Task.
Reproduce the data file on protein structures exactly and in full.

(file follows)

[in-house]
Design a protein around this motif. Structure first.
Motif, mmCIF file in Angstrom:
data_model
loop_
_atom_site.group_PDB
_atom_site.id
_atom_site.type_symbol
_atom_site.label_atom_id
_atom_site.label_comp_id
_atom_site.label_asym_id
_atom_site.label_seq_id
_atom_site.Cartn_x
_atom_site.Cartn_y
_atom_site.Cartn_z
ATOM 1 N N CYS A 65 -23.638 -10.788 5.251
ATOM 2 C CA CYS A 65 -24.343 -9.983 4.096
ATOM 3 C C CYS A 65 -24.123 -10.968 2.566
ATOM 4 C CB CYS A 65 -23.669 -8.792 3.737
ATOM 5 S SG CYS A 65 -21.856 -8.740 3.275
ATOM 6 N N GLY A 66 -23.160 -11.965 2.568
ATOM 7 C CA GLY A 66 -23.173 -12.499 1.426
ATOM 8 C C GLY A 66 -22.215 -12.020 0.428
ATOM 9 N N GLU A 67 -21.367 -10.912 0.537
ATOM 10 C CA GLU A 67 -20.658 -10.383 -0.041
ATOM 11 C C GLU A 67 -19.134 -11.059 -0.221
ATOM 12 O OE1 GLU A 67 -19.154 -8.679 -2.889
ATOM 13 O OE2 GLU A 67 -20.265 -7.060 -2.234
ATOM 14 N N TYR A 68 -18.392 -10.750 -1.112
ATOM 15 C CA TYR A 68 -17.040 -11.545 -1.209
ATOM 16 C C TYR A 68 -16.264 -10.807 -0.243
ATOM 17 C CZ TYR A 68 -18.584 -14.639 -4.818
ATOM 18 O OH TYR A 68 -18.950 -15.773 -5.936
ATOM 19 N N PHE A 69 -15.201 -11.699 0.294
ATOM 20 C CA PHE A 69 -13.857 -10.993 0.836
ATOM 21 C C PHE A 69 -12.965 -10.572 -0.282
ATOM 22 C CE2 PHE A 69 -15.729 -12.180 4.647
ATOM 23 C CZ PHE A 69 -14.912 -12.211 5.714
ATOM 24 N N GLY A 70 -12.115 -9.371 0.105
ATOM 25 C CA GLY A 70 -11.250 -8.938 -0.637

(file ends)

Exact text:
[in-house]
Design a protein around this motif. Structure first.
Motif, mmCIF file in Angstrom:
data_model
loop_
_atom_site.group_PDB
_atom_site.id
_atom_site.type_symbol
_atom_site.label_atom_id
_atom_site.label_comp_id
_atom_site.label_asym_id
_atom_site.label_seq_id
_atom_site.Cartn_x
_atom_site.Cartn_y
_atom_site.Cartn_z
ATOM 1 N N CYS A 65 -23.638 -10.788 5.251
ATOM 2 C CA CYS A 65 -24.343 -9.983 4.096
ATOM 3 C C CYS A 65 -24.123 -10.968 2.566
ATOM 4 C CB CYS A 65 -23.669 -8.792 3.737
ATOM 5 S SG CYS A 65 -21.856 -8.740 3.275
ATOM 6 N N GLY A 66 -23.160 -11.965 2.568
ATOM 7 C CA GLY A 66 -23.173 -12.499 1.426
ATOM 8 C C GLY A 66 -22.215 -12.020 0.428
ATOM 9 N N GLU A 67 -21.367 -10.912 0.537
ATOM 10 C CA GLU A 67 -20.658 -10.383 -0.041
ATOM 11 C C GLU A 67 -19.134 -11.059 -0.221
ATOM 12 O OE1 GLU A 67 -19.154 -8.679 -2.889
ATOM 13 O OE2 GLU A 67 -20.265 -7.060 -2.234
ATOM 14 N N TYR A 68 -18.392 -10.750 -1.112
ATOM 15 C CA TYR A 68 -17.040 -11.545 -1.209
ATOM 16 C C TYR A 68 -16.264 -10.807 -0.243
ATOM 17 C CZ TYR A 68 -18.584 -14.639 -4.818
ATOM 18 O OH TYR A 68 -18.950 -15.773 -5.936
ATOM 19 N N PHE A 69 -15.201 -11.699 0.294
ATOM 20 C CA PHE A 69 -13.857 -10.993 0.836
ATOM 21 C C PHE A 69 -12.965 -10.572 -0.282
ATOM 22 C CE2 PHE A 69 -15.729 -12.180 4.647
ATOM 23 C CZ PHE A 69 -14.912 -12.211 5.714
ATOM 24 N N GLY A 70 -12.115 -9.371 0.105
ATOM 25 C CA GLY A 70 -11.250 -8.938 -0.637